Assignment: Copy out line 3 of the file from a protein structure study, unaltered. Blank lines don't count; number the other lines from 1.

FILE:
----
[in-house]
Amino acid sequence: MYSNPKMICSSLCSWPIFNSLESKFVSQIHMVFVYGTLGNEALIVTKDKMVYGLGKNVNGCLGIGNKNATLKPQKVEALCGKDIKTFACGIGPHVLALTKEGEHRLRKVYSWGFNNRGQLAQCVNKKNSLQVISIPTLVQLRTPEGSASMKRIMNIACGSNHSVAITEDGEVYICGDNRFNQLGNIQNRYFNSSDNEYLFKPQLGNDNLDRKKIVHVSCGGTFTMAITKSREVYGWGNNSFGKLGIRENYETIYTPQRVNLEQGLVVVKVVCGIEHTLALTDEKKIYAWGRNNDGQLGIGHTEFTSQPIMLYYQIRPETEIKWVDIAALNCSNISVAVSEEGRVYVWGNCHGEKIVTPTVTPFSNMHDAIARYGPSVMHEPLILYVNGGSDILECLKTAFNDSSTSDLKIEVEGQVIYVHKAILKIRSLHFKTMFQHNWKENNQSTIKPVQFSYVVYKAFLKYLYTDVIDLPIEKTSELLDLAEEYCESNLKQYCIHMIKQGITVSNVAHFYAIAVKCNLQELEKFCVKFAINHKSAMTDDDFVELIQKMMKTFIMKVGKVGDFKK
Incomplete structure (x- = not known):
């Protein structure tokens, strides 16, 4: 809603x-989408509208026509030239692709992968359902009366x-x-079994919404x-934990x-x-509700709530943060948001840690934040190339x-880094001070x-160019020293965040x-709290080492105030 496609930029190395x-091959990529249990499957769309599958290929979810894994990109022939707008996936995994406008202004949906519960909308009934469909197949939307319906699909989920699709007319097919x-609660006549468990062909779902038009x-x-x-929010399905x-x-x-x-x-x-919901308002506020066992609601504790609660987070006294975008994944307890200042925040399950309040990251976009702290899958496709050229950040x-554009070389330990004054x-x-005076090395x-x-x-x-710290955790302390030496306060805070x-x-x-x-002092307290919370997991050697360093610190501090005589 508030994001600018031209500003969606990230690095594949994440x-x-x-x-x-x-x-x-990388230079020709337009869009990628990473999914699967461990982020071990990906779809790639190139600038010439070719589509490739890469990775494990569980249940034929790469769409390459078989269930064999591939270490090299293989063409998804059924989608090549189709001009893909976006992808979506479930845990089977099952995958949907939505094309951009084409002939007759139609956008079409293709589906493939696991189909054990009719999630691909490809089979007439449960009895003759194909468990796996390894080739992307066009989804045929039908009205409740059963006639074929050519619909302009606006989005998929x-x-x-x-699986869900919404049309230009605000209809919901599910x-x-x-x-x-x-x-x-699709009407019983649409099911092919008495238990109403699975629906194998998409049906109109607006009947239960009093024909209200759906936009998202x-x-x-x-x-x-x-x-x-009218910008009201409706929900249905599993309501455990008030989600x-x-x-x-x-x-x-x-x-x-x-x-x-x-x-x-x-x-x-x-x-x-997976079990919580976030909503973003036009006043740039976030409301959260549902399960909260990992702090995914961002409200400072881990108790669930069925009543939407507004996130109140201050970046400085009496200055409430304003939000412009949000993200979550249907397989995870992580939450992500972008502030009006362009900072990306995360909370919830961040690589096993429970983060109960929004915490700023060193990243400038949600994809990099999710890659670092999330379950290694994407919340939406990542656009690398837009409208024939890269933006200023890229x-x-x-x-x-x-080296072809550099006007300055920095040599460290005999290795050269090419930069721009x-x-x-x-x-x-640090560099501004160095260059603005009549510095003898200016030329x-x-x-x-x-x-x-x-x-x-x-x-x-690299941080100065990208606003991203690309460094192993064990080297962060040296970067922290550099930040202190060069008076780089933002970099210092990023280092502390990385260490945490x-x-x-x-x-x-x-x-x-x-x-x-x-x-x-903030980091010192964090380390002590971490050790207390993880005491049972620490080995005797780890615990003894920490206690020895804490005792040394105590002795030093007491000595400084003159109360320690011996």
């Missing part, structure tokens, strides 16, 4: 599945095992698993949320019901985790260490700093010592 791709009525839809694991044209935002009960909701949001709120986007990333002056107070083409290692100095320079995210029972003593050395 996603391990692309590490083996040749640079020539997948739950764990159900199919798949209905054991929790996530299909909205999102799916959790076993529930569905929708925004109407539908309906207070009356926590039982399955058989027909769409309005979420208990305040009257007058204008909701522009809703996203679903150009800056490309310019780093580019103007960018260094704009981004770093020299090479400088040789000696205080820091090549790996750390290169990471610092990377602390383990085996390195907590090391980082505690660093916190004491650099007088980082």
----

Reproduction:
Incomplete structure (x- = not known):